If you get a text with dating tips, weight loss advice, horoscope info or anything else you brush off as spam, check your mobile phone bill because you may have been crammed.
Cramming is when companies illegally put extra charges on your account without your permission. You may be paying for fraudulent charges right now and have no idea.
Wen Chao got a text offering a d3eal to download mobile content for $9.99 a month, she ignored it. But when a second text popped up from the same sender with a strange note about war and peace, she opened it.
"I thought oh maybe it's from a friend whose number I don't have in the contacts," said Chao.
She called her mobile phone carrier to block future mystery messages, and got some shocking news.
"I was told that by the act of opening the text message I had consented to what they were trying to sell me," explained Chao.
That $9.99 charge appeared on Chao's bill as "premium messaging."
"It's all very sneaky," added Chao.
Industry experts say charges like this are costing consumers more than $600 million each year. The Federal Trade Commission is cracking down, and recently filed its very first case against a company for mobile cramming.
"We're very concerned about what we see as a growing number of complaints," explained FTC Attorney, Duane Pozza.
The FTC says it has gotten thousands of complaints, but they say even more could be a victim and not even know it.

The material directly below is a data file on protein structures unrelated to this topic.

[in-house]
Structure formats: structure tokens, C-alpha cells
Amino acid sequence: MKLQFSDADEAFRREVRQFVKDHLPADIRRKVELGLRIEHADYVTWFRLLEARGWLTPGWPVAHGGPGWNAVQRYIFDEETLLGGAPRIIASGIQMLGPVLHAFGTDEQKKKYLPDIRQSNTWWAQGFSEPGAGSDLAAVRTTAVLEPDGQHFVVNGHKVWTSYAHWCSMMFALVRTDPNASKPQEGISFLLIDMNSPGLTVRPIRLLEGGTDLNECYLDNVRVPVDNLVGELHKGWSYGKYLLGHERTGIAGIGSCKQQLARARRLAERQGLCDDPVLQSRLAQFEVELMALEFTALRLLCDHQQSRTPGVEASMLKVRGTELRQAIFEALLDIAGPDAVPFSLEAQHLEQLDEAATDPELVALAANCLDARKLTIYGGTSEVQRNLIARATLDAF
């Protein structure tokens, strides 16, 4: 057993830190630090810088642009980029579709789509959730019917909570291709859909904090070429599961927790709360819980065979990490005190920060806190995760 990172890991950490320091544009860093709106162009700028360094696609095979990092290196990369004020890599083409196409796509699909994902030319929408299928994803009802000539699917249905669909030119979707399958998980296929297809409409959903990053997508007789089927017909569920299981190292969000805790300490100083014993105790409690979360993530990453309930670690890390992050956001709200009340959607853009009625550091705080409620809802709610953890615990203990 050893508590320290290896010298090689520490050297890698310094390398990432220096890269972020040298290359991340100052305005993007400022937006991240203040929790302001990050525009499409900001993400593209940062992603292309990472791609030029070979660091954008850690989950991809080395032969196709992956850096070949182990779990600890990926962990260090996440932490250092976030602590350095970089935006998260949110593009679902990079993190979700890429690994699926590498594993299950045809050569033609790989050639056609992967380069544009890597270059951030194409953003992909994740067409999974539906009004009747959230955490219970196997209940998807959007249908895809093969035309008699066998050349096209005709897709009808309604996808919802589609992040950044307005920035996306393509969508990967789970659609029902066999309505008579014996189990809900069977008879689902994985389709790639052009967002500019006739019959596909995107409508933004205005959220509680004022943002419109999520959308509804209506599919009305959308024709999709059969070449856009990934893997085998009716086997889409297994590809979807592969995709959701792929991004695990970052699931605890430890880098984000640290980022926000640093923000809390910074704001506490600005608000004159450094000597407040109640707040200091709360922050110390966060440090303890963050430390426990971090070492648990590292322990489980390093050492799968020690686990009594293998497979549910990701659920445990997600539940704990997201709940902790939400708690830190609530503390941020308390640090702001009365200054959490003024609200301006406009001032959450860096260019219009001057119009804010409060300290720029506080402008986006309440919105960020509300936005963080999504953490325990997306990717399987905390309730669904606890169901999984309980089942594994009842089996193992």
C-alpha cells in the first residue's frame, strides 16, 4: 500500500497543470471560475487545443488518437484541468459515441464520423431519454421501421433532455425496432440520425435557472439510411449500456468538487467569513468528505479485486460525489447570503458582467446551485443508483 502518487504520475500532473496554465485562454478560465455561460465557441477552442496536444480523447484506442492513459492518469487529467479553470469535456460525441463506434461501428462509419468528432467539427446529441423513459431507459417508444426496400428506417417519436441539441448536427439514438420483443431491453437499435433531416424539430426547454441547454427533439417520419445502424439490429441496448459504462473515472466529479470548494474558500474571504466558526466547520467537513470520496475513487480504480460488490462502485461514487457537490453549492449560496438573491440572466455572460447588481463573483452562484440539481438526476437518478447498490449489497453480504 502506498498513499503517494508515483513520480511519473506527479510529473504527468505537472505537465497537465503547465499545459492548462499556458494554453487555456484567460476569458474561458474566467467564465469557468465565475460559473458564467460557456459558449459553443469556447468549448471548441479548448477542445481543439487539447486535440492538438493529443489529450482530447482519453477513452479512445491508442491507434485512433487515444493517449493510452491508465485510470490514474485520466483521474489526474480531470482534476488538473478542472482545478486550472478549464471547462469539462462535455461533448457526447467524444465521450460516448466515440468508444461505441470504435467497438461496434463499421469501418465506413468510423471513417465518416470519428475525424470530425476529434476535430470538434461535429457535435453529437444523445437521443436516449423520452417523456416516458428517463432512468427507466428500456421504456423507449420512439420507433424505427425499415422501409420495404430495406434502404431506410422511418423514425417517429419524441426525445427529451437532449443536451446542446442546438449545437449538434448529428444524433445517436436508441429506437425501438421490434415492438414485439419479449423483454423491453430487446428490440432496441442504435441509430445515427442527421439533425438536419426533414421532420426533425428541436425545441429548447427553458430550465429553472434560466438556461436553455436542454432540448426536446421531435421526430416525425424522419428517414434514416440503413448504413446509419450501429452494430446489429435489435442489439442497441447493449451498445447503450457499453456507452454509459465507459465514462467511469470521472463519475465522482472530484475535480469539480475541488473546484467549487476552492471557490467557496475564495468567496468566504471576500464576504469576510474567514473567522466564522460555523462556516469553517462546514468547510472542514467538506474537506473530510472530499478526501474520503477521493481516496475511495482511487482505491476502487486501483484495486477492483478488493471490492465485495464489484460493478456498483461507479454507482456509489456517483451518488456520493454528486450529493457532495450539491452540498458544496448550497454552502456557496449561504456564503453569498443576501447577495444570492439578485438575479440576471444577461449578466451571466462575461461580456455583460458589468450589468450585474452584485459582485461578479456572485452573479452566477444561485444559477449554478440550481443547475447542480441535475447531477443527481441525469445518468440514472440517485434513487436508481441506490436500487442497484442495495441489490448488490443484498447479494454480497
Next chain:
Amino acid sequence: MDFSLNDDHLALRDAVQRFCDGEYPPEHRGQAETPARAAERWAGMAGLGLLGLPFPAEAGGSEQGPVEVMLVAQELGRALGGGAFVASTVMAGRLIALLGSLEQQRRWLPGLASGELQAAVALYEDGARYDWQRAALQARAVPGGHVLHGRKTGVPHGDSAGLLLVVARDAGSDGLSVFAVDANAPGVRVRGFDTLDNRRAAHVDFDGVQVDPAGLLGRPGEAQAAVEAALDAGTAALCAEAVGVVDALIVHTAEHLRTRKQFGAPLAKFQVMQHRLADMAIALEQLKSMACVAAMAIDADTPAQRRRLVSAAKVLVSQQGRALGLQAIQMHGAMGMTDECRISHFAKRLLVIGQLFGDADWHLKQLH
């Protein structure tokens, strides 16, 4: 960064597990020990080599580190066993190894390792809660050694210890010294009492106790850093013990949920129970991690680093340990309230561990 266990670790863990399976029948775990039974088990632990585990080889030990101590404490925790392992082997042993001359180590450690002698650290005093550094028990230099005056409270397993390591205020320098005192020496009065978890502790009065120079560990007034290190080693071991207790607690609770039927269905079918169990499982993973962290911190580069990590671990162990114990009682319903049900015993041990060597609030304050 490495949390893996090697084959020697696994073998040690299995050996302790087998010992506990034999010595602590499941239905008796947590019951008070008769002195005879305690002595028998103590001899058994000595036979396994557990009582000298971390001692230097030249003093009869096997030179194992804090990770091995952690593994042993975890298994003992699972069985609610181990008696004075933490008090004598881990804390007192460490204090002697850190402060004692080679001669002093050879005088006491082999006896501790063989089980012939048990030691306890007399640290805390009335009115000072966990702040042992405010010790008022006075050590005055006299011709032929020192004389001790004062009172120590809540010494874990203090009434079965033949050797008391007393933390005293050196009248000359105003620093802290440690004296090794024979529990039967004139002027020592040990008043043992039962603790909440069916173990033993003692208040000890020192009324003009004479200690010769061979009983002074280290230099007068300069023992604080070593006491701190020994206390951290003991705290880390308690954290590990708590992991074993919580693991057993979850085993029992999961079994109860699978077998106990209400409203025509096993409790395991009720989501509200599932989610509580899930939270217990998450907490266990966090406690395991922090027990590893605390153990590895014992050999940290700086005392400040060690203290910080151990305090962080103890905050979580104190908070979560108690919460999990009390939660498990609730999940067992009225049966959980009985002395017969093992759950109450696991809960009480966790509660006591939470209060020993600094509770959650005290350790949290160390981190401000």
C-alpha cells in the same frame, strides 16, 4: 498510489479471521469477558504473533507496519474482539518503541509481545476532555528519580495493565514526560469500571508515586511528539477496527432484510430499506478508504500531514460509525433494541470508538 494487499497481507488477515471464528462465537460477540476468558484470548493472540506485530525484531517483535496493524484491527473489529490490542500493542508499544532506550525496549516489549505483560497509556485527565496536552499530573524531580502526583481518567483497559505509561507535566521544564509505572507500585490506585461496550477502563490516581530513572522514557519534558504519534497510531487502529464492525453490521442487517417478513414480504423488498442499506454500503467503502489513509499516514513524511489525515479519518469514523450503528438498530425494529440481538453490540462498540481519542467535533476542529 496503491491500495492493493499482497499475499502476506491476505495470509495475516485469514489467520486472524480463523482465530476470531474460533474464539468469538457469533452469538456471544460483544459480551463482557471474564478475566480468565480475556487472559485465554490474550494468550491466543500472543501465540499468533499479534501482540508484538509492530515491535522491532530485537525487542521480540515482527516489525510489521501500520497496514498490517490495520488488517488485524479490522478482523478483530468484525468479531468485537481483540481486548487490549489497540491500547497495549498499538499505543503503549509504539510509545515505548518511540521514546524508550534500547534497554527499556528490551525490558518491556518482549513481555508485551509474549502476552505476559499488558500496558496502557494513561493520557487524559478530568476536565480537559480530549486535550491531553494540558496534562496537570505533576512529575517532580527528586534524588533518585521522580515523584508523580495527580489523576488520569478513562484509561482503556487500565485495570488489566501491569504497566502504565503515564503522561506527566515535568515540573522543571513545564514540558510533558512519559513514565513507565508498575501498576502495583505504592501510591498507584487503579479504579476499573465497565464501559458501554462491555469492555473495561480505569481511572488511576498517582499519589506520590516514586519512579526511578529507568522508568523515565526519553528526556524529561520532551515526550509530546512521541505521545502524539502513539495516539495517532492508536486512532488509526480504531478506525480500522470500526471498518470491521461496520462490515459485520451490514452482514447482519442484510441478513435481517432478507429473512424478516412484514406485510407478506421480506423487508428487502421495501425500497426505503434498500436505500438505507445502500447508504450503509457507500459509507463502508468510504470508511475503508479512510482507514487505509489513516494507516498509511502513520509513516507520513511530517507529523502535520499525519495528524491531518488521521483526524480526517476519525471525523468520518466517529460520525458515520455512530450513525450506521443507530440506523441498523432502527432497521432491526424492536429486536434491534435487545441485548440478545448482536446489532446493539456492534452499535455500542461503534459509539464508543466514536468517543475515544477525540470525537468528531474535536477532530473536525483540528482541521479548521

"Many consumers overlook the charges on their phone bill, so the complaints that we see really are just the tip of the iceberg," warned Pozza.
The FTC says consumers miss these charges because they appear on mobile phone bills as innocuous sounding fees like: standard rate plan, member fee and voicemail.
So why don't cell phone companies, that also profit when third party companies charge your bill, make these fees more prominent?
"If you have thousands of different kinds of services available that wouldn't be practical for a billing system to be able to specifically list those thousands. I mean that would be a pretty expensive proposition," said John Walls with the Wireless Industry Trade Association, CTIA.
CTIA says carriers haven't received a lot of cramming complaints and says most major mobile phone companies and vendors follow best practices that require third parties make consumers aware they'll be charged.
"Carriers make it very clear when they take on a relationship with a third party vendor like this, that there are certain rules of the road you have to follow here, and we're going to work awfully hard to keep you from doing anything to our consumer if you will that's not lawful," said Walls.
There's no federal law giving you the right to dispute questionable mobile phone charges like there is with your credit card. It's a carrier-by-carrier decision.
Chao was able to convince her carrier to remove the charges and is still stunned this even happened.
"You really need to be vigilant when you pay your bills," she said.
The Federal Communications Commission is considering requiring mobile carriers make third party charges more obvious on phone bills. In the meantime, if you're concerned about being crammed, you can call your cell phone company and ask them to block any third party charges from being billed to your account.
For advice from the FTC on what to do if you have mystery charges on your phone bill, click here.